Sudan: UN in ‘desperate need’ of funds for Darfur refugees as rains approach

Sudan: UN in ‘desperate need’ of funds for Darfur refugees as rains approach

Refugee women battle the elements in town of Tine
The United Nations refugee agency today appealed for an urgent injection of new funds to meet its "desperate" needs in caring for more than 120,000 black Sudanese who have fled into eastern Chad from what has been called ethnic cleansing by mainly Arab militia in Sudan's western Darfur region.

With the rainy season starting in a few weeks, "we desperately need funds to continue moving refugees to safer camps away from the border, set up more camps for the tens of thousands yet to move and bring in sufficient supplies to meet their needs," UN High Commissioner for Refugees (UNHCR) spokesman Kris Janowski said.

"An urgent injection of new funds is crucial to keep our programmes running and meet the looming deadline of the onset of heavy rains that will block roads and cut access to the refugees," he told a news briefing in Geneva. The agency has so far received only about two-thirds of the nearly $21 million it has sought, has used it all up and is now resorting to money borrowed from its operational reserve funds.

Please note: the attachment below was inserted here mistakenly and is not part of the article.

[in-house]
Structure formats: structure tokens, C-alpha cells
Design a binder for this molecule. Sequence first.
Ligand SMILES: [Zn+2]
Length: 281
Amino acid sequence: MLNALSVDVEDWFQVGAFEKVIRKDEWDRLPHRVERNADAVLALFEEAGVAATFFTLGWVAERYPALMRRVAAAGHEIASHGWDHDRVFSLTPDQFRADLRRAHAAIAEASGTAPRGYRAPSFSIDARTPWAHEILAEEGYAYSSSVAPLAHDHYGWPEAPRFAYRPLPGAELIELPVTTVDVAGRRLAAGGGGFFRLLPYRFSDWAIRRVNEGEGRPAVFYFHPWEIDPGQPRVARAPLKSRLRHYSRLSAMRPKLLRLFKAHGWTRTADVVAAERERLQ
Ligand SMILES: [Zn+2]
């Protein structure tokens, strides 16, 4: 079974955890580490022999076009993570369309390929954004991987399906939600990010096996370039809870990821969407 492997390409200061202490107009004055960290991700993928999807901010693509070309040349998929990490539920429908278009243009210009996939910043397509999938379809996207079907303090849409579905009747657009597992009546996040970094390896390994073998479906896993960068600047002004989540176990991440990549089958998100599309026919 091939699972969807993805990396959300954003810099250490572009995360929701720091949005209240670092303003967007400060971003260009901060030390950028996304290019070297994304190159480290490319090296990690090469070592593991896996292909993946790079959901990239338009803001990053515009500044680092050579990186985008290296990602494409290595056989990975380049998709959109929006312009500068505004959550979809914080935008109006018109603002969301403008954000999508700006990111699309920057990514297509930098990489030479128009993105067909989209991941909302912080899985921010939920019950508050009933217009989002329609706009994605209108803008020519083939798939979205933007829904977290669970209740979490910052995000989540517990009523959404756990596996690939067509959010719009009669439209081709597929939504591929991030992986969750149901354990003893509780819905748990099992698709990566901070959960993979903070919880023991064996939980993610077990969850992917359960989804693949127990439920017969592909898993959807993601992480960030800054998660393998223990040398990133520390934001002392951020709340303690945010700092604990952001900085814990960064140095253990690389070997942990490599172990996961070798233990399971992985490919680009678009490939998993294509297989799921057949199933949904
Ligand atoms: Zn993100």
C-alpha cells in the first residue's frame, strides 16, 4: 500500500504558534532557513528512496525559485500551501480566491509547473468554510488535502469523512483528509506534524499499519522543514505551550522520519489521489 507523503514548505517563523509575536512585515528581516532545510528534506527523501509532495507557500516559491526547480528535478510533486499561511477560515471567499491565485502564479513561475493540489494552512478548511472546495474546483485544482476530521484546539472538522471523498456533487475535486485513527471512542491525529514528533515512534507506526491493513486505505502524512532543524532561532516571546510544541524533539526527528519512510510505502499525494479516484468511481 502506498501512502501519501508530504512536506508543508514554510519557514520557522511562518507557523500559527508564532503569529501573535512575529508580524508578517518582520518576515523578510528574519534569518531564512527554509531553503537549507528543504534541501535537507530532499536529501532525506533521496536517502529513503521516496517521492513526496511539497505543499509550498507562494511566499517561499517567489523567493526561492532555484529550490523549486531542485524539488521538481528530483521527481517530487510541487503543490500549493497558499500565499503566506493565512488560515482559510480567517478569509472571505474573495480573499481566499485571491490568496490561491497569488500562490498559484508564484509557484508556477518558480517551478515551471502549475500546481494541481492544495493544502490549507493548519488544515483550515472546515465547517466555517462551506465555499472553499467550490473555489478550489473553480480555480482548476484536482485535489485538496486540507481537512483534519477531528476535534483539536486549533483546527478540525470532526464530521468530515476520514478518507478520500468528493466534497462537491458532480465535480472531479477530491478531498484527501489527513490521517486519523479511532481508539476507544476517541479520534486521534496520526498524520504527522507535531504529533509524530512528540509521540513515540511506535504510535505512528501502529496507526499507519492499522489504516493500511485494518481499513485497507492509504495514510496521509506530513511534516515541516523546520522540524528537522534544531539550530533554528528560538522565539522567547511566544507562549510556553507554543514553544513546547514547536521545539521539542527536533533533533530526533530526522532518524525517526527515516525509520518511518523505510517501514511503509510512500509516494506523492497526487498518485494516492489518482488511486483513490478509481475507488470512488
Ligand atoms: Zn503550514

"The situation at the border is very tense and the refugees are under constant threat of incursions from the other side…hence the urgency of moving them further inland," Mr. Janowski said, stressing that the agency was working in one of the most inhospitable terrains it has ever had to operate in, battling desert, extremely scarce water, sand storms and scant and very poor sandy roads.

So far, UNHCR has set up six camps in the interior of Chad for over 68,000 refugees, 58,000 of them brought in by agency convoys from the border while another 10,000 arrived on their own.

Last week UN World Food Programme (WFP) Executive Director James Morris called the situation "one of the worst humanitarian crises in the world" and last month Under-Secretary-General for Humanitarian Affairs and Emergency Relief Coordinator Jan Egeland said the mainly Arab Janjaweed militias were carrying out a coordinated "scorched-earth" campaign of ethnic cleansing.

A ceasefire signed on 8 April between the Sudanese Government and two rebel groups in Darfur, the Sudan Liberation Movement/Army (SLA) and the Justice and Equality Movement (JEM), is holding, but the same is not true for attacks by the Janjaweed against civilians, including internally displaced persons in and around camps, Mr. Morris told the Security Council.